Photographs of your garden through the seasons.
Calls for Land Back and radical land reform.
Stories and wisdom you’ve found deep under the tomato vines or harvesting potatoes.
Plans to take down Monsanto (or another large agrochemical corporation of your choice :).
Bible studies on manna, grape vines, and mustard seeds.
Prayers for and from our gardens.
Drawings of the tools you use to harvest.
Meditation on what it’s like to grow and feed someone from your body.
Songs about bacteria and fermentation.
Notes about Submissions
We’re looking for long-form journalism, personal stories of transformation, short bursts of feelings, and nuggets of inspiration. Choose an aspect of the topic and expand with personal experience, researched wisdom, or spiritual insight.
A great pitch will describe the piece, explain why it’s a perfect fit for Geez, list the sources you’ll consult, and state why you’re the best person to write it. Please include a brief bio and where you live.
Ideally, pitches are a page or less. Note: if you send us 20 pages, we likely will not be able to read it. If you already have a completed manuscript, poem, photo, or design, feel free to submit it as well.
1. Long-form nonfiction (600, 1200, or 1800 words)
We’re looking for creative nonfiction essays, investigative articles or research-based pieces on the topic above. While a reference to your personal experience is welcome, readers need wisdom from other sources as well (interviews, books, articles, theologians, social-justice activists, academics, and moms and dads).
2. Flash nonfiction (50-300 words)
These are short, personal experiences or insights. Your piece should capture a moment that illuminates a larger issue or convey a feeling familiar to us all. This is a chance to bring hope, insight, emotion, and connection to readers. Think of it as a snapshot with words.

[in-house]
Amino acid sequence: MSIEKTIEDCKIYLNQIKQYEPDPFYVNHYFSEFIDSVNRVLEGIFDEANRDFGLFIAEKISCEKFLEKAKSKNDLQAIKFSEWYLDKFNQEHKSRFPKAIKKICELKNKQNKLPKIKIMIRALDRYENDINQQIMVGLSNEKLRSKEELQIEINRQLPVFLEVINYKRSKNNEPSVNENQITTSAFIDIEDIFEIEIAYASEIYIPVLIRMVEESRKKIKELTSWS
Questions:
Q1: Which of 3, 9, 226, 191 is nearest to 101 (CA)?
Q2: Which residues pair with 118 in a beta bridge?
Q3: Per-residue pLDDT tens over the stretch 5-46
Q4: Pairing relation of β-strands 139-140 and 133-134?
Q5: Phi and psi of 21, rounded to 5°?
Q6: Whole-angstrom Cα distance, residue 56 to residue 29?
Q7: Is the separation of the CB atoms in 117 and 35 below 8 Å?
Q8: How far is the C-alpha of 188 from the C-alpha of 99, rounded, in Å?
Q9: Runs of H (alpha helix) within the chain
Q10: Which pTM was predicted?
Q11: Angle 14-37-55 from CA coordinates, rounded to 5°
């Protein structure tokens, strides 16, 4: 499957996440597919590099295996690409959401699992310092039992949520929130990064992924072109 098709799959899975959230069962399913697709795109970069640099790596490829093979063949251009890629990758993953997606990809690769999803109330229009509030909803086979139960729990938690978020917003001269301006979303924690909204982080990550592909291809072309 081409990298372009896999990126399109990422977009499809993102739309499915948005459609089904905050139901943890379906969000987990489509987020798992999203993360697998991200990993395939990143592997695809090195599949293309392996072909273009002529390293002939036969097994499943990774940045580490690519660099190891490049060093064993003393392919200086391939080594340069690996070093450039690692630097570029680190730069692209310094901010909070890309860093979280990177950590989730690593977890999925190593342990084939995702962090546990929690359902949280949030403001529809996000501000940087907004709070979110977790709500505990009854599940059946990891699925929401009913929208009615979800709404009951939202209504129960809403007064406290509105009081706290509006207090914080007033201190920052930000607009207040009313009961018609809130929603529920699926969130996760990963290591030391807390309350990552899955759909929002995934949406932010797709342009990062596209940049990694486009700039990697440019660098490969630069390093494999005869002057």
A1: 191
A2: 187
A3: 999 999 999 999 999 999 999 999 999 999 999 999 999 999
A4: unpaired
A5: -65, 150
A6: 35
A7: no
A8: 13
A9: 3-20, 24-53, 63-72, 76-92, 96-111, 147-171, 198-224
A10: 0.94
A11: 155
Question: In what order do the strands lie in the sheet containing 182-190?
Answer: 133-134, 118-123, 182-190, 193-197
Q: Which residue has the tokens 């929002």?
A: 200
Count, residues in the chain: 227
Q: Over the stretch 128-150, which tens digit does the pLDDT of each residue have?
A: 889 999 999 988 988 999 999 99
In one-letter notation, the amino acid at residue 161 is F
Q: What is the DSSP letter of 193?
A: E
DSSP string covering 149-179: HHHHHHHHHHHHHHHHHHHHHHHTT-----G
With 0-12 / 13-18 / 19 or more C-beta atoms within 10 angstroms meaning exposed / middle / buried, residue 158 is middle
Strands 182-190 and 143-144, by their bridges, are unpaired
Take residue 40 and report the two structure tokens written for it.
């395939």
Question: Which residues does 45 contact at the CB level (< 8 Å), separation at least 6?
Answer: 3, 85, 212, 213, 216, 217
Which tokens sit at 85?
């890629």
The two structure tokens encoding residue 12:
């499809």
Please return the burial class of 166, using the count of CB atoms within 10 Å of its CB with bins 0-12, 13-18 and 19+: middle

Consider the topic above and send original photographs (i.e. you took the photo) or illustrations that provoke or pacify, animate or incite. Or, if you know of a photographer or illustrator who can deliver an awesome photo essay or series of drawings and is willing to get big play in a premium little magazine for a modest honorarium, please pass this pitch along. Note: artwork pitches and submissions will be given more time, due June 15.
In each issue we aim to publish 2 or more poems, often with one poem per page. Poems may relate closely to the theme, or not. We’ll look at them all.
Before pitching, please read our guidelines for writers. Ideally we would like to respond personally to every piece of correspondence we receive. But given the number of submissions we receive – and having tried to respond to all – we realize it is just not possible. If you do not hear back from us within four weeks of the deadline assume that we were unable to use your submission.
We are a small, nonprofit that currently offers very modest honorariums. Depending on the length, we usually offer between $30 and 100. Our goal for our 2022 budget is to increase these numbers.
Deadline for pitches: February 15, 2021
We look forward to seeing your submissions!
Lydia Wylie-Kellermann, managing editor
Kateri Boucher, associate editor
Lucia Wylie-Eggert, art director
Send pitches, manuscripts, and images to:
email: stories [at] geezmagazine [dot] org
mail: Geez magazine, 1950 Trumbull, Detroit, MI 48216 USA
To join our Writers List, click HERE.
Image credit: “Manna Garden,” Geez staff.